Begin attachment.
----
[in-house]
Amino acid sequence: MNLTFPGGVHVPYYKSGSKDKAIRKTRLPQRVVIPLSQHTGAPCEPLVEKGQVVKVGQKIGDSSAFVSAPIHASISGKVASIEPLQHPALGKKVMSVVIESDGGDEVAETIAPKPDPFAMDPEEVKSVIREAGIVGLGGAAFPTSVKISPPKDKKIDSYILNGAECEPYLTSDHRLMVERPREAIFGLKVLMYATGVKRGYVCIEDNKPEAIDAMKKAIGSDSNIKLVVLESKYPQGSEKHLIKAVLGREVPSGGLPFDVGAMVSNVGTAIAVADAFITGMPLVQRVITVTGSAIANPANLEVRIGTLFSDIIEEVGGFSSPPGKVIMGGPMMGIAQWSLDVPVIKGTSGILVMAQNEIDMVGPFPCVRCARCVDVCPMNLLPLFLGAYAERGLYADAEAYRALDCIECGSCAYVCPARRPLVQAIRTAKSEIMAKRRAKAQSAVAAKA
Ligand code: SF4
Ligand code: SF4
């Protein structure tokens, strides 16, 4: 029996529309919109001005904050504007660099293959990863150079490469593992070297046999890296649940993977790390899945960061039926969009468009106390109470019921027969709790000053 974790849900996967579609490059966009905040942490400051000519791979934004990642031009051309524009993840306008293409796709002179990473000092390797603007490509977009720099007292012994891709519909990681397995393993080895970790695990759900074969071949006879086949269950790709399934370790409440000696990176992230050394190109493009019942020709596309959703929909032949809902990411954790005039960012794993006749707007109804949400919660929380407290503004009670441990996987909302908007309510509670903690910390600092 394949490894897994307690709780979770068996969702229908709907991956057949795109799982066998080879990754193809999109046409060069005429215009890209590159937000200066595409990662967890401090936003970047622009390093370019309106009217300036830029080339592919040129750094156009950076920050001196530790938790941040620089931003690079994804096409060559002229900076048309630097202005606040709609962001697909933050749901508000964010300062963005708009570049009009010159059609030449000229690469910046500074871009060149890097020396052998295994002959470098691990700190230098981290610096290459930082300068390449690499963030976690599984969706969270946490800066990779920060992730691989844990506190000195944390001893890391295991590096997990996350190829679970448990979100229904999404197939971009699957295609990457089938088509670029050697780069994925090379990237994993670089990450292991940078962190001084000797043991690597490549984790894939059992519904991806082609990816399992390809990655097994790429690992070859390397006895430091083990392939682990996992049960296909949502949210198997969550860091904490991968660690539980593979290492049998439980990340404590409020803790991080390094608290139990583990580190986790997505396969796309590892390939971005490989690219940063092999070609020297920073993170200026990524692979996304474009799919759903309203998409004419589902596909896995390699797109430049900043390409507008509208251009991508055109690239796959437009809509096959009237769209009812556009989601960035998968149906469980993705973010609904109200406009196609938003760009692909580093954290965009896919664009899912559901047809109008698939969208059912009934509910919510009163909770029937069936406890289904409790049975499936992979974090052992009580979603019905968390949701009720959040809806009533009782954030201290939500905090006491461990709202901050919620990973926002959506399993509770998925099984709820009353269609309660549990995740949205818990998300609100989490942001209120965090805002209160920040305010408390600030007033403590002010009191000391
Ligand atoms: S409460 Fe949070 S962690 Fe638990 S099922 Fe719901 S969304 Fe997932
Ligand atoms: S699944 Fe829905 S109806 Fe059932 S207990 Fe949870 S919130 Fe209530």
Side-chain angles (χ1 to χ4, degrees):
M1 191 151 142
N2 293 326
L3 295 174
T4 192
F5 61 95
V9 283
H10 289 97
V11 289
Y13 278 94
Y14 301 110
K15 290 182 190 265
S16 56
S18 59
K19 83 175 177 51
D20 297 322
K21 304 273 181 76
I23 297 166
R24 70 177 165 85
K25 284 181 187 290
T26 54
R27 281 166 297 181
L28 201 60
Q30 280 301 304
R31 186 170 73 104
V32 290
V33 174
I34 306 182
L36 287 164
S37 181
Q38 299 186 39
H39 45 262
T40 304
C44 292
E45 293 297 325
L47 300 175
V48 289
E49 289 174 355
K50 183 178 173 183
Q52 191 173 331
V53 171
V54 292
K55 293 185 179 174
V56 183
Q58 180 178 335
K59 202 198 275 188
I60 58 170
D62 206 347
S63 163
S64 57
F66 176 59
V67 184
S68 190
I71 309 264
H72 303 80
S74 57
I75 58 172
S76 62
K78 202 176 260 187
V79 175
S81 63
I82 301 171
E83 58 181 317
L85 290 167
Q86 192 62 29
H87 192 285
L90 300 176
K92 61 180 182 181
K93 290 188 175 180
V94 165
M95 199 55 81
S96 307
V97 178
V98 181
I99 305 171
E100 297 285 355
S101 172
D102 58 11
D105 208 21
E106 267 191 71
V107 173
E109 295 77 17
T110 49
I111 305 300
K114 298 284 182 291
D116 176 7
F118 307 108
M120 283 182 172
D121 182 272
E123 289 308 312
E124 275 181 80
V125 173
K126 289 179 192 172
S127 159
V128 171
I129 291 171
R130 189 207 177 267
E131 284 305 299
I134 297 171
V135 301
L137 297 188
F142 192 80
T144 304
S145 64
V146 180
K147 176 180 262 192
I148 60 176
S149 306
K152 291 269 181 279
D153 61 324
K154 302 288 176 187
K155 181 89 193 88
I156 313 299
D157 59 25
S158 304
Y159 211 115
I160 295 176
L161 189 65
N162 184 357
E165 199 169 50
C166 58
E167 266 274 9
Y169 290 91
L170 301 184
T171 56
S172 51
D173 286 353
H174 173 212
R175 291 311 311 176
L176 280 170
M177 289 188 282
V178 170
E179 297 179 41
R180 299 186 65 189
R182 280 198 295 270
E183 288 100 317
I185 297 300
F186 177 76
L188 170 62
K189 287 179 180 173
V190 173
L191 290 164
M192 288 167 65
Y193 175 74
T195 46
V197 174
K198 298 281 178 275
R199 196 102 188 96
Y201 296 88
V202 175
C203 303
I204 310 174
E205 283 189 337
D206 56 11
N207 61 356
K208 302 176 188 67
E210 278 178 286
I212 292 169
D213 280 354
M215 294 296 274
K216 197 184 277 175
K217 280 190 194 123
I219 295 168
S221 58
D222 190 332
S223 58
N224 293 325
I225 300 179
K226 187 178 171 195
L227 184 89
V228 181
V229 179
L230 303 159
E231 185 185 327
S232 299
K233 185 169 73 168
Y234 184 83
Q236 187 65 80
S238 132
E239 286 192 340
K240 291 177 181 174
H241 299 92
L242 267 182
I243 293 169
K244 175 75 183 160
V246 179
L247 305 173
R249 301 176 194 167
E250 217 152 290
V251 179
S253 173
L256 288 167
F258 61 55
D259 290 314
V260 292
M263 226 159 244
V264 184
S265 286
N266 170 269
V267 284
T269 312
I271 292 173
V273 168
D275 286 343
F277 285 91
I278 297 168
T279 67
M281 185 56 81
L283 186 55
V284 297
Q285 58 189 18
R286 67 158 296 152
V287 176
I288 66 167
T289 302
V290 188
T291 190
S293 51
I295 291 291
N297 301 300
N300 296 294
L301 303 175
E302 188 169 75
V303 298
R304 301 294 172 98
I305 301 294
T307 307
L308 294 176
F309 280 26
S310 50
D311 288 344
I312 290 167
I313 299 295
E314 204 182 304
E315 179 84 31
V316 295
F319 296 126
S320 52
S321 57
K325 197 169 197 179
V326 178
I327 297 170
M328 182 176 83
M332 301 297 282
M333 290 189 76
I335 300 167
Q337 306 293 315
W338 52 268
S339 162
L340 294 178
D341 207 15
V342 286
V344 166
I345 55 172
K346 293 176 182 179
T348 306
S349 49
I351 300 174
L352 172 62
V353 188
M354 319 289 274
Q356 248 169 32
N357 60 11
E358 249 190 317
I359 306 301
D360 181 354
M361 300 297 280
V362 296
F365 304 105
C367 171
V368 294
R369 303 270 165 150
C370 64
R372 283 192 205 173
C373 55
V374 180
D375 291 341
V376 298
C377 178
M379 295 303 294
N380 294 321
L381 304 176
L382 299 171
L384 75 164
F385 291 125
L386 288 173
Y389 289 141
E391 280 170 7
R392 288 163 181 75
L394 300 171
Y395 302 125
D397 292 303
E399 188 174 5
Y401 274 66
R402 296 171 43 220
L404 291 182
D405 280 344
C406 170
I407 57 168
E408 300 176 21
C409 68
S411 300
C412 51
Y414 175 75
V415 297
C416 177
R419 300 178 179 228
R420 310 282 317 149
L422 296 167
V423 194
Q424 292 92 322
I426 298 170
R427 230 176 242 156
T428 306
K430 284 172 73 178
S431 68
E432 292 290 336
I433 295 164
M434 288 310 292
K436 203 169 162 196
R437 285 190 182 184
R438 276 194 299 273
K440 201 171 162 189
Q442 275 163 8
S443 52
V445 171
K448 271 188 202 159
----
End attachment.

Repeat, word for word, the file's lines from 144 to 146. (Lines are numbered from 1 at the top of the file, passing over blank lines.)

I185 297 300
F186 177 76
L188 170 62